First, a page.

A combination of dire labor market conditions, rising new COVID-19 cases, and a lack of further stimulus was a bad combination.

At the end of the week, retail sales impressed, however. In September, retail sales rose by 1.9%, with core retail sales rising by 1.5%. Economists had forecasted increases of 0.5% and 0.7% respectively.

Aligned with the retail sales figures was a further pickup in consumer sentiment. The Michigan Consumer Sentiment Index rose from 80.4 to 81.2 in October, according to prelim figures. The Expectations Index increased from 75.6 to 78.8.

The only negative on the day was an unexpected 0.6% fall in industrial production.

In the equity markets, the NASDAQ rose by 0.79%, with the Dow and S&P500 gaining 0.07% and 0.19% respectively.

Out of the UK

It was a relatively busy week on the economic data front.

Key stats included August unemployment rate and employment change and September claimant count figures.

While claimant counts came in lower than expected, employment fell by more than expected over the 3-months to August.

A 153k fall in employment led to an increase in the unemployment rate from 4.1% to 4.5%.

While the stats provided direction, it was ultimately Brexit and COVID-19 that sank the Pound in the week.

A continued rise in new COVID-19 cases and a new round of containment measures were Pound negative.

More significantly, however, was a lack of progress towards a Brexit agreement, with the EU pushing for more talks next week.

On Friday, Boris Johnson announced that it was time to prepare for a no-trade deal Brexit unless the EU changed its stance. Downing Street also stated that there was no point in EU negotiator Michel Barnier returning to London in the week ahead.

In the week, the Pound fell by 0.93% to $1.2915. In the week prior, the Pound had risen by 0.78% to $1.3036.

The FTSE100 ended the week down by 1.61%, partially reversing a 1.94% gain from the previous week.

Out of the Eurozone

It was a relatively busy week on the economic data front.

Early in the week, key stats included ZEW Economic Sentiment figures for the Eurozone and Germany.

The indicators flashed red for October. Germany’s Economic Sentiment Indicator fell from 77.4 to 56.1, with the Eurozone’s falling from 73.9 to 52.3. A lack of progress on Brexit and jitters over the U.S Presidential Election weighed in October.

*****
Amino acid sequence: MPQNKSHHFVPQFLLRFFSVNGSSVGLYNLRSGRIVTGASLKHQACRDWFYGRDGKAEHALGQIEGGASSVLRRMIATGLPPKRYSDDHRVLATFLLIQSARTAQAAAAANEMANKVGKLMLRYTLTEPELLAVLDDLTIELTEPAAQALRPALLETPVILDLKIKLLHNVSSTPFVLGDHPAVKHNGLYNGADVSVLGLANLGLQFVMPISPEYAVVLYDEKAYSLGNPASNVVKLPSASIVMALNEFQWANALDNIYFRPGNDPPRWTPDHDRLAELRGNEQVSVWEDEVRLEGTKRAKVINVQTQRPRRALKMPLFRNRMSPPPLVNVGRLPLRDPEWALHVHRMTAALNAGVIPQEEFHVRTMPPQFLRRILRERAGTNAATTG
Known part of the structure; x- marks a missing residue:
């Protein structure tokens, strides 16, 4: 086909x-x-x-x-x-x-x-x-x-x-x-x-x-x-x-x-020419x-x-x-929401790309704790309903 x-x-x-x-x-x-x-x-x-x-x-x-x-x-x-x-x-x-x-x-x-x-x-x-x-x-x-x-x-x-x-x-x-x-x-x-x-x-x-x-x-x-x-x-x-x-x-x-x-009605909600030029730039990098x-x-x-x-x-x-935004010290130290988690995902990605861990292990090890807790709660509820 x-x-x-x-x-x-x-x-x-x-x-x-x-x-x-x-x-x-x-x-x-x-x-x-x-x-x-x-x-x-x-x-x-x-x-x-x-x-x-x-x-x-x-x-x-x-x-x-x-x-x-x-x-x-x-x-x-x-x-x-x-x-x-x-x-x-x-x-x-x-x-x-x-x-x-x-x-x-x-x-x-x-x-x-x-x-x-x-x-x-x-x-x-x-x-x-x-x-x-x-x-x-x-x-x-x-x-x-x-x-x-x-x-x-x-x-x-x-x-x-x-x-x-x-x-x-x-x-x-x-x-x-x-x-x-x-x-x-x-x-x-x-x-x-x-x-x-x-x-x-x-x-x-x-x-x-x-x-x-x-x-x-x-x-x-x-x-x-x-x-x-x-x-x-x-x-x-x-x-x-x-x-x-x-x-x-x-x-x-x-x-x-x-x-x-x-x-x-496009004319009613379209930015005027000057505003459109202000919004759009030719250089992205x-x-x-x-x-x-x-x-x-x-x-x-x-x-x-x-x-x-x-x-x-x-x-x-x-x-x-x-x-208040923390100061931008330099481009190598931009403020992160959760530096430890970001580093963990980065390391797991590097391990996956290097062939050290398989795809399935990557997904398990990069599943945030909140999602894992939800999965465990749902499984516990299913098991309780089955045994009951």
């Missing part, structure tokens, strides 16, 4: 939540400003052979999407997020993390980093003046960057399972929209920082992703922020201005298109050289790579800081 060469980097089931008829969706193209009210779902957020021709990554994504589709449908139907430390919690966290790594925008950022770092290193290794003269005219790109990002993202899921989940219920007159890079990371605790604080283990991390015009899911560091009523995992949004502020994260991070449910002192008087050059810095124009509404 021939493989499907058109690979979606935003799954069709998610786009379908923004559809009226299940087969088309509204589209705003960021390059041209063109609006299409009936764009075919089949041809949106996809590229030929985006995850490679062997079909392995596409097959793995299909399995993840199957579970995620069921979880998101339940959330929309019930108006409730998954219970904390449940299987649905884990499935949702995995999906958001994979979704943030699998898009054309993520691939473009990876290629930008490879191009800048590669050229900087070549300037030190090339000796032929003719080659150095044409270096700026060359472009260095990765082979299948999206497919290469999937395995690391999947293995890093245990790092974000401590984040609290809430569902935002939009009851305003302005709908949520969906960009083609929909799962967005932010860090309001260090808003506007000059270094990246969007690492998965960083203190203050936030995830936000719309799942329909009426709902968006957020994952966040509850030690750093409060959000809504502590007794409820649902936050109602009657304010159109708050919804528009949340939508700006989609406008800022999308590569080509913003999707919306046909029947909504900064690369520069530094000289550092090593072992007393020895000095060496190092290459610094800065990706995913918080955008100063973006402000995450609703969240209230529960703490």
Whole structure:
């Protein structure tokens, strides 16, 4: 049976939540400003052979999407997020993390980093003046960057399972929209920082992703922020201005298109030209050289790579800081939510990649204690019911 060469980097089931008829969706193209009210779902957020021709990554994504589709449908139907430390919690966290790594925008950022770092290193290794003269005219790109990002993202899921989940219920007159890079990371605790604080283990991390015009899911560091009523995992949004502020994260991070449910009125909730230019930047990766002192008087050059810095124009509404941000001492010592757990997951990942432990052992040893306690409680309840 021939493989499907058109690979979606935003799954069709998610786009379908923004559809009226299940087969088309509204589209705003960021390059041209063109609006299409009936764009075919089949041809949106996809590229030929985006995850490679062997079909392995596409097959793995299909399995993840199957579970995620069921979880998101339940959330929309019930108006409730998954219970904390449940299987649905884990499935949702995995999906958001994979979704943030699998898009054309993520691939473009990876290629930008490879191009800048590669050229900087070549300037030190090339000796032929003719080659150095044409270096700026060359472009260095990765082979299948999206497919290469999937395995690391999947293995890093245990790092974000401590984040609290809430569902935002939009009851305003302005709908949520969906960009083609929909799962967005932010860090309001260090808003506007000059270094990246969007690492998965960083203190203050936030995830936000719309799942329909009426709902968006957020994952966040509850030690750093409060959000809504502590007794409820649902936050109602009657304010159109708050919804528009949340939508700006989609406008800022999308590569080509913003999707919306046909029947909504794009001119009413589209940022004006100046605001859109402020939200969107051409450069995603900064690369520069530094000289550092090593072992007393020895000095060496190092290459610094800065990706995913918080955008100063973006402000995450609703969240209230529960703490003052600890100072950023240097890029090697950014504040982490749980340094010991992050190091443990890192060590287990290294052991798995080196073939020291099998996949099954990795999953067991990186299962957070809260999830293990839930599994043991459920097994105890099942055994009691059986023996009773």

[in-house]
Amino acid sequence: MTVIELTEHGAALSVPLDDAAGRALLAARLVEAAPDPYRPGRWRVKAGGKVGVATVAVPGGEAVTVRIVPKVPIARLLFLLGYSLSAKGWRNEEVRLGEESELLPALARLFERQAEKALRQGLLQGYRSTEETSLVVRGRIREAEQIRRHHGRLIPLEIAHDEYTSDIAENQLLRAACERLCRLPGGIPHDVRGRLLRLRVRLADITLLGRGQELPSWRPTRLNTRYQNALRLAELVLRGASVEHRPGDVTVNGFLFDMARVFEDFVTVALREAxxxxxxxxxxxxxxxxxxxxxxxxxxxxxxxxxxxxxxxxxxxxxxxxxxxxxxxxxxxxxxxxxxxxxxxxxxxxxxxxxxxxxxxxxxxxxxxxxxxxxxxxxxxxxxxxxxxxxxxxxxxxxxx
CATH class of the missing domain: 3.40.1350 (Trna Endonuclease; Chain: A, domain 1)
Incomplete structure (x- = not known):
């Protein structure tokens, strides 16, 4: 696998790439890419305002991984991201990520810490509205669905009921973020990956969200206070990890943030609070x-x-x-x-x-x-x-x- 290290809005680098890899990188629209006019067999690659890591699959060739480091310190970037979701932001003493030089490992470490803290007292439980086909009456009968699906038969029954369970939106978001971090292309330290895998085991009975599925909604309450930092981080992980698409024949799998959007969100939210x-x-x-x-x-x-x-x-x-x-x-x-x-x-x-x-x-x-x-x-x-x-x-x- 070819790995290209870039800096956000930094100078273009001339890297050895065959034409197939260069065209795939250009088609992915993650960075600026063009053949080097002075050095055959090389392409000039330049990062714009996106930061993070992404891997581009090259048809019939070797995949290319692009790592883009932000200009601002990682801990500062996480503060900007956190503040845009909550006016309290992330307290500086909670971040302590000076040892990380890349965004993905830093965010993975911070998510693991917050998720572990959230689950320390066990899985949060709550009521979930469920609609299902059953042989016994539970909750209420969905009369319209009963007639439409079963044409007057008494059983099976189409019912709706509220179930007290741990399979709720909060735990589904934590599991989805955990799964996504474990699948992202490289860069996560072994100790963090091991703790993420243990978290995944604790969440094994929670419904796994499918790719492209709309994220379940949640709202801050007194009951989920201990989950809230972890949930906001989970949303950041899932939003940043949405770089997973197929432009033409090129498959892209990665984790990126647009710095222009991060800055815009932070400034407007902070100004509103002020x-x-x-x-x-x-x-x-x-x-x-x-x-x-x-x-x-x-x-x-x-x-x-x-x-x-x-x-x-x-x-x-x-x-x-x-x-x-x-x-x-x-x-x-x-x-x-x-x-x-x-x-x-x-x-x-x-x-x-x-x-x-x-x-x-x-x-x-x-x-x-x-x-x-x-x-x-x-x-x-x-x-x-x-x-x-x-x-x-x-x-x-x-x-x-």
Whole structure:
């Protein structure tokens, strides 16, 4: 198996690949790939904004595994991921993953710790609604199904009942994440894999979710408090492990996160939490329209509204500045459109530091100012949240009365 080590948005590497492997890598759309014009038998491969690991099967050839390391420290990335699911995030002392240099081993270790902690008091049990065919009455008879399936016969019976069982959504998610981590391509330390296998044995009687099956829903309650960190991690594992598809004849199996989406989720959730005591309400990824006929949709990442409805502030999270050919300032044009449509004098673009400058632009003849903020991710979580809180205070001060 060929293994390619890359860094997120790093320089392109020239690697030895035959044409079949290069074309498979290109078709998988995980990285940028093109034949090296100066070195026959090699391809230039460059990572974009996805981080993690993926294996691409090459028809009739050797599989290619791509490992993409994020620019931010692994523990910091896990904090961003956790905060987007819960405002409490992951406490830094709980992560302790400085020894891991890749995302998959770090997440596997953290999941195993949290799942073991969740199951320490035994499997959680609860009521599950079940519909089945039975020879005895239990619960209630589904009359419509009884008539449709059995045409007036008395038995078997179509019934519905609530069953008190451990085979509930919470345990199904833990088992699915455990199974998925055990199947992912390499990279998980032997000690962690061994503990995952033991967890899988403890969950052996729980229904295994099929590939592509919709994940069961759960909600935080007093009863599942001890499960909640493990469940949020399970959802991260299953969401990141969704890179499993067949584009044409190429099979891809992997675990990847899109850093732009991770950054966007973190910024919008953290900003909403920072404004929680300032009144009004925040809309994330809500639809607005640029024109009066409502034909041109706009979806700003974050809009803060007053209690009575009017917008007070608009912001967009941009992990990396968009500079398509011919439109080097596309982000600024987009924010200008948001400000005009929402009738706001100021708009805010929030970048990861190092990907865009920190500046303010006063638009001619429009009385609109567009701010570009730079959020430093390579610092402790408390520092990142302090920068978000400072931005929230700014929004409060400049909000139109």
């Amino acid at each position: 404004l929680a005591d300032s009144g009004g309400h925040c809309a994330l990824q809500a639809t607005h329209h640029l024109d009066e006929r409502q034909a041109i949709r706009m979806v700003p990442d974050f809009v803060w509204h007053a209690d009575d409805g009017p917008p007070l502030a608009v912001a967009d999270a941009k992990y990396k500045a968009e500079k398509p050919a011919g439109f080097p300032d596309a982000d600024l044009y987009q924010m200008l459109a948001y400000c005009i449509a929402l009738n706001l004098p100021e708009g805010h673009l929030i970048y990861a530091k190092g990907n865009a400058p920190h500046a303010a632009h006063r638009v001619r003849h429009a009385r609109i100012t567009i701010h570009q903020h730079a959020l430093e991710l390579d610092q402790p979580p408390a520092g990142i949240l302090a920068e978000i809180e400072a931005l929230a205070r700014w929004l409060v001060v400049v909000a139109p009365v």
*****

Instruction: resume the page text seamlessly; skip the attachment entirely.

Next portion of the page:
Mid-week, industrial production figures for the Eurozone came up short of expectations, rising by just 0.7%. In July, production had jumped by 5.0%.

In the 2nd half of the week, Eurozone trade data and finalized inflation figures for September were in focus.

Inflation figures reaffirmed market concern over deflationary pressures. Trade data also failed to impress, with the Eurozone’s trade surplus narrowing from €27.9bn to €14.7bn in August.

While the stats provided direction, a marked increase in new COVID-19 cases weighed on the EUR in the week. France and other member states were forced to reintroduce containment measures amidst the 2nd wave.

For the week, the EUR fell by 0.91% to $1.1718. In the week prior, the EUR had risen by 0.94% to $1.1826.

For the European major indexes, it was a bearish week. The CAC40 and EuroStoxx600 fell by 0.22% and by 0.77% respectively, with the DAX30 declining by 1.09%.

For the Loonie

It was a quiet week on the economic data front.

Key stats included August’s foreign security purchases and manufacturing sales figures.

Neither set of numbers had an impact, however, as the fresh spike in new COVID-19 cases weighed on market risk sentiment.

The threat of a reintroduction of lockdown measures pegged back crude oil prices in the week.

In the week ending 16th October, the Loonie fell by 0.52% to end the week at C$1.3189. In the week prior, the Loonie had risen by 0.87%.

Elsewhere

It was a bearish week for the Aussie Dollar and the Kiwi Dollar.

In the week ending 16th October, the Aussie Dollar slid by 2.20% to $0.7081. The Kiwi Dollar ended the week down by a more modest 0.96% to $0.6602.

For the Aussie Dollar

It was a relatively quiet week on the economic calendar.

Key stats consumer confidence and employment figures.

It was a mixed bag for the Aussie Dollar. While consumer confidence continued to improve, employment figures were somewhat disappointing.

The unemployment rate rose from 6.8% to 6.9%, driven by a 29.5k fall in employment.

For the Aussie Dollar, it was ultimately market sentiment towards monetary policy and risk aversion that did the damage. There is the talk of an RBA next month…

For the Kiwi Dollar

It was a relatively quiet week on the economic calendar.

Key stats included electronic card retail sales figures and business PMI numbers.

The stats were Kiwi Dollar positive, with retail sales up by 5.4% and the PMI rising from 50.7 to 54.0.

While positive, however, market risk aversion pegged the Kiwi Dollar back in the week.

For the Japanese Yen

It was also a relatively quiet week on the economic calendar.

August’s core machinery orders and finalized industrial production figures were in focus.